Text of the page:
Anna Karin


We spoke with Anna-Karin Aksberg about her experience with taking a career break and returning to work on a returner programme.


Name: Anna-Karin Aksberg

Career break: 10 years

Company placed into: AXA XL

New role: IT Project Manager




I was working as a project manager within the financial services sector, mainly with Retail Banks. I started off my career in Stockholm and ended up in London as my client was based here.



I was looking after my daughter as well as retrained in nutritional therapy. I was running my own business in nutritional therapy seeing clients and running workshops.




I applied for a position that I found on LinkedIn a couple of years ago. Since then, we have stayed in touch and Inclusivity has put me forward for a couple of other positions until this one came up. I have never experienced such a hands on and supportive recruiter.


“I have never had such a hands on and supportive recruiter.”




Excellent! I always felt that the team at Inclusivity was there to support me. The coach calls have been very helpful as well.




I was very fed up with the retail banking industry when I left 10 years ago. After having a career break it actually gave me the opportunity to get into the insurance sector instead. It has been an amazing journey and I love going to work. Of course, I feel out of depth sometimes and I’m a bit out of touch when it comes to Teams and Excel and juggling work and home life. But those are only minor issues. I feel empowered having a decent income, a good job and using my brain in a fast-paced environment.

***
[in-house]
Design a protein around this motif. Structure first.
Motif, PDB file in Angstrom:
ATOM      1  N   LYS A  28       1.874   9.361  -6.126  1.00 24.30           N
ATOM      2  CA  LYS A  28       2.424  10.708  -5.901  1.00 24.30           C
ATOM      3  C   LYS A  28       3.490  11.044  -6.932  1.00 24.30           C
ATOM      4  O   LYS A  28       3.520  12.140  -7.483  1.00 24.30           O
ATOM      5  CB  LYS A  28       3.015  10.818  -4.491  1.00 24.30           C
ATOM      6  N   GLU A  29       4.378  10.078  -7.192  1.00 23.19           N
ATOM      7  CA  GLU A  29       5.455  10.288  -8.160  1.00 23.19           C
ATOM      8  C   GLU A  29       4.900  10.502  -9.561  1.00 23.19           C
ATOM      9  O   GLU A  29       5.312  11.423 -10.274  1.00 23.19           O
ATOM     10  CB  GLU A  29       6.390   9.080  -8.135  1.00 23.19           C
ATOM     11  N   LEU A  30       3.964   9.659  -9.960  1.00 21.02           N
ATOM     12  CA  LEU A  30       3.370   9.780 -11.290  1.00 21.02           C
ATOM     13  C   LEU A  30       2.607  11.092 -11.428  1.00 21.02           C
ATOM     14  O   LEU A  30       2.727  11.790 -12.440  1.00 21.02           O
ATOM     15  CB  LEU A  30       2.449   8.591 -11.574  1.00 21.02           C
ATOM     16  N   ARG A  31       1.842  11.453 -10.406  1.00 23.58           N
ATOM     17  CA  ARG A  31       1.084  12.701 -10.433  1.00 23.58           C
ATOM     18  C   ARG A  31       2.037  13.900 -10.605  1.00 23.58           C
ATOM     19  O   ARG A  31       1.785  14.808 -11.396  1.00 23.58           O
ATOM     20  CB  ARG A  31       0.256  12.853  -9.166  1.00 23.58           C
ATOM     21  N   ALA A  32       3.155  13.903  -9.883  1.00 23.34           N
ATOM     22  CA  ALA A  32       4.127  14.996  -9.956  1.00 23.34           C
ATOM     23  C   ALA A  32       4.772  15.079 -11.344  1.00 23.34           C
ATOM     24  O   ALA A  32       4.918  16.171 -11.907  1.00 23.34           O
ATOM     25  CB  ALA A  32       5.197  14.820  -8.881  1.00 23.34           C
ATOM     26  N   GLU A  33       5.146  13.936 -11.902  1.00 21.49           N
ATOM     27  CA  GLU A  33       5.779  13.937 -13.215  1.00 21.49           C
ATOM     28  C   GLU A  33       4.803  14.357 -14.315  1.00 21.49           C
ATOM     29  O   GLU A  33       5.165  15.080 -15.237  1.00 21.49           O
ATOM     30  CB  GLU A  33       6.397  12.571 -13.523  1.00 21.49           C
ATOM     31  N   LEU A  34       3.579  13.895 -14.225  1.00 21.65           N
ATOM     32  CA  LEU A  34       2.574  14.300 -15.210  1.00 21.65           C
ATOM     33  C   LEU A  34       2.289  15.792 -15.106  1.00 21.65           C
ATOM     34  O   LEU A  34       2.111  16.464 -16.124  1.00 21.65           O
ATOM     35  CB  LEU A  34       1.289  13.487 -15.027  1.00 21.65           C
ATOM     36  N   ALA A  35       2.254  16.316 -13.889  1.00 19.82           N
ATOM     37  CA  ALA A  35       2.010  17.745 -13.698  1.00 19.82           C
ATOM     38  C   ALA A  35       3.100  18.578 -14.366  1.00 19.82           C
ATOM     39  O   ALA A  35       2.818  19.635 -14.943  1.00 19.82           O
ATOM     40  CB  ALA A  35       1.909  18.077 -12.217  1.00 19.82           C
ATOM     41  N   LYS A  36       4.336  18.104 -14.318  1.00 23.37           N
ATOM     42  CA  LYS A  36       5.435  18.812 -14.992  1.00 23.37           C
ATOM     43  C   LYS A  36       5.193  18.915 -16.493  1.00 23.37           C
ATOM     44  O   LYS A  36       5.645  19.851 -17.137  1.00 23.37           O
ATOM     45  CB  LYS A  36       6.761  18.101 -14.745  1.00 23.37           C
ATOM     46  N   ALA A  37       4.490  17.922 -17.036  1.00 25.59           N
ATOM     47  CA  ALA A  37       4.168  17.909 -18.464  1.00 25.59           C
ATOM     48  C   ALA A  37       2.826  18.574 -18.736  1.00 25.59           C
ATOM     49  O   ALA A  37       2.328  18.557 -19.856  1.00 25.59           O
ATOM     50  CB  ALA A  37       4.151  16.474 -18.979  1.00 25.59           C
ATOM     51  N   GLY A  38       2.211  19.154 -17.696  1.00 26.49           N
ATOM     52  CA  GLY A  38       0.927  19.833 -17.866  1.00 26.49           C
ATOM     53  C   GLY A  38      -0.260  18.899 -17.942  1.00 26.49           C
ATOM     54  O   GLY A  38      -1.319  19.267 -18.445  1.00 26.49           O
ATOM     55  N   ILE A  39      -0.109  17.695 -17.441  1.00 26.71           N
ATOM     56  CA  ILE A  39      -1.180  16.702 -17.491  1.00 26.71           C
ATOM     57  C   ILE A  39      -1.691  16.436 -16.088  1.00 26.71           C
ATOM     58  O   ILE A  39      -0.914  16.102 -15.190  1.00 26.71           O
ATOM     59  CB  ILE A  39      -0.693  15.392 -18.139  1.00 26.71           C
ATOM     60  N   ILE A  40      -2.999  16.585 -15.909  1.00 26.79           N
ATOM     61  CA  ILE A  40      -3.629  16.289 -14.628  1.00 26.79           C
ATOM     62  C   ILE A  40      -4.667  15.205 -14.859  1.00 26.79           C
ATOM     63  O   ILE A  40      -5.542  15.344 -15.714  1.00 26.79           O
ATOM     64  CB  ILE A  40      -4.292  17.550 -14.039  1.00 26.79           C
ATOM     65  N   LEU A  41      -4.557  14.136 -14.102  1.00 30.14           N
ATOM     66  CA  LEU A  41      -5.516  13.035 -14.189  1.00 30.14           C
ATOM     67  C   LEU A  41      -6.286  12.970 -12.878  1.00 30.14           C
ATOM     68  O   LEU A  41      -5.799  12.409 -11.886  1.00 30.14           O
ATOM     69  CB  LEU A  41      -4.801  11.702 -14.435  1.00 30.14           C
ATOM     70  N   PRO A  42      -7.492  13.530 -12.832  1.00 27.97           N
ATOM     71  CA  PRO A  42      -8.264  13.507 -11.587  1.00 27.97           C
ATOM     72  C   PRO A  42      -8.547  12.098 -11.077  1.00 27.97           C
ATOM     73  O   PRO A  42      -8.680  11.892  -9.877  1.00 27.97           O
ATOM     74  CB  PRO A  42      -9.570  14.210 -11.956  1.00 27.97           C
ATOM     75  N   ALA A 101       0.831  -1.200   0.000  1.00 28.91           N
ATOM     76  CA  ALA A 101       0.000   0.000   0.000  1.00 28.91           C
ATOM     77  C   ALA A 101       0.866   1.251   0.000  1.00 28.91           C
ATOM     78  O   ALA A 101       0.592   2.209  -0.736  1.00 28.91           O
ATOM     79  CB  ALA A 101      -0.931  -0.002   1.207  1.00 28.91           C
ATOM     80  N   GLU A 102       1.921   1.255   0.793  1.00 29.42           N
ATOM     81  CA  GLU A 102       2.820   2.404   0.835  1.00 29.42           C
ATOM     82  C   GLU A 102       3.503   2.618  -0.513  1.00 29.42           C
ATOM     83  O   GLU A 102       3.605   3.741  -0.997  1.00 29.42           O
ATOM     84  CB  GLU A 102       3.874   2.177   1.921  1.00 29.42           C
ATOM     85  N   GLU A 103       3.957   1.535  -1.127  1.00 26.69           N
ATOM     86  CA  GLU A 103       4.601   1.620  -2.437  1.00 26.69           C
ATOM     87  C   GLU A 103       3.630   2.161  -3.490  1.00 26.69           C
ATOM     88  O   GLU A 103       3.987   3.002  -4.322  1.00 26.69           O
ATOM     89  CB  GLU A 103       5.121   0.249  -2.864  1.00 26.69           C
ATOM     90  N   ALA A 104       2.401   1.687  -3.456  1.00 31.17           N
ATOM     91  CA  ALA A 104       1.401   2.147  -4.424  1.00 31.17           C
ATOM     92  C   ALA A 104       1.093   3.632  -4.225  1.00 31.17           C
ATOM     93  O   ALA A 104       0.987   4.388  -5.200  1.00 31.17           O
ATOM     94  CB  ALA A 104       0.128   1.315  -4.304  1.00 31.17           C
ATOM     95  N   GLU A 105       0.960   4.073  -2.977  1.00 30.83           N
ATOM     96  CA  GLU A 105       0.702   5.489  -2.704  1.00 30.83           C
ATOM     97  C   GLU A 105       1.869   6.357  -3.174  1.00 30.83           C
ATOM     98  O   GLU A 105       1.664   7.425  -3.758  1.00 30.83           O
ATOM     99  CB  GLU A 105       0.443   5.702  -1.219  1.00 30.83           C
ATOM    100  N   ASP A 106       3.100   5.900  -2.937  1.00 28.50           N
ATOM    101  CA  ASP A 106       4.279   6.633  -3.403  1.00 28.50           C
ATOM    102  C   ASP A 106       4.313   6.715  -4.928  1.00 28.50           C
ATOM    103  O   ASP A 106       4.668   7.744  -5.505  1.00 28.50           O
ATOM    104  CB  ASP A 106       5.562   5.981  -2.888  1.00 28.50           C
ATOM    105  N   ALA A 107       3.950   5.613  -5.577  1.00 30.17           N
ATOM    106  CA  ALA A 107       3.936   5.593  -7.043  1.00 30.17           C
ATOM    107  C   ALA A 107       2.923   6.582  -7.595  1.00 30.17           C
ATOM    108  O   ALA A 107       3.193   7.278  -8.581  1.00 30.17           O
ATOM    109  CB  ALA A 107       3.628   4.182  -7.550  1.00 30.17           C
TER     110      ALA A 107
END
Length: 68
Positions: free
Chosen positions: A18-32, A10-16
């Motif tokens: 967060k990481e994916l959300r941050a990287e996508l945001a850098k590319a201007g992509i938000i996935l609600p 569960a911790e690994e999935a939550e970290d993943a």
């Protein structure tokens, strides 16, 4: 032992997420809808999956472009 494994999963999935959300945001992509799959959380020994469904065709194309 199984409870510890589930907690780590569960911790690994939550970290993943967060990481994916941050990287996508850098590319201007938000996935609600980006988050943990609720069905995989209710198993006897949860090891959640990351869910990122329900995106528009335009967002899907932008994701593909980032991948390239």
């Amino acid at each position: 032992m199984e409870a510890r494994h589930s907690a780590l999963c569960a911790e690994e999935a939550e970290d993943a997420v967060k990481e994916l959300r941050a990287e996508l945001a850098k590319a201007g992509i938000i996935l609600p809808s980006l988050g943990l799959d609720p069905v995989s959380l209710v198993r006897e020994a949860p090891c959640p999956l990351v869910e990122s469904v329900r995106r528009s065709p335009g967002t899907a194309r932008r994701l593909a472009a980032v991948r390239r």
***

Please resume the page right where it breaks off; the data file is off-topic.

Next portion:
“Go for it and apply for that job! Its incredible to believe that after 10 years out of the industry it only took me a couple of months to get back into it.”



The Insurance Industry is an industry Inclusivity has worked with for some time and we have excellent connections with the UK’s top employers. If you are on a career break seeking to return to this industry we urge you to submit your C.V to us here. Or view all opportunities here, all candidates we place will receive our unique 1:1 coaching and on-going support to ensure your transition back to work with confidence.

return to work inspiration

Career breaks and deciding to return to work


Returning to work can be overwhelming, especially if you have been off for a long time.

Everyone’s journey is different and it’s becoming more common for people to take breaks in their careers and return to work after a few months or even years away from the workplace. With a bit of planning and preparation you can return back to work.

Why do people take career breaks?


There are many reasons why people take career breaks. Parents take time to care for babies and children, childcare costs are high so it doesn’t make sense to put children in full time care.

Another reason for career breaks is the need to care for an elderly or ill family member such as parents. Some people in the UK are caring both for children and older family members which becomes a huge responsibility.

Many people have started taking career breaks to have a time out from work and travel or work on themselves and their mental health.

Sadly and often unwanted, career breaks can brought upon by redundancy or unemployment, which can cause a loss in confidence and well being.


Return to work with Inclusivity after a career break


This is why, what we do and focus on,  is so important as we, Inclusivity, help those on career breaks, return to work through returner programmes.

Returning to work requires various steps to follow and we can help ensure that you cover these steps. Consider what you want to share regarding your career break, but never feel like you have lost value in the workplace, so many return to work and pick it up so quickly again.


For more information or advice contact us here – We would love to help you return to work again!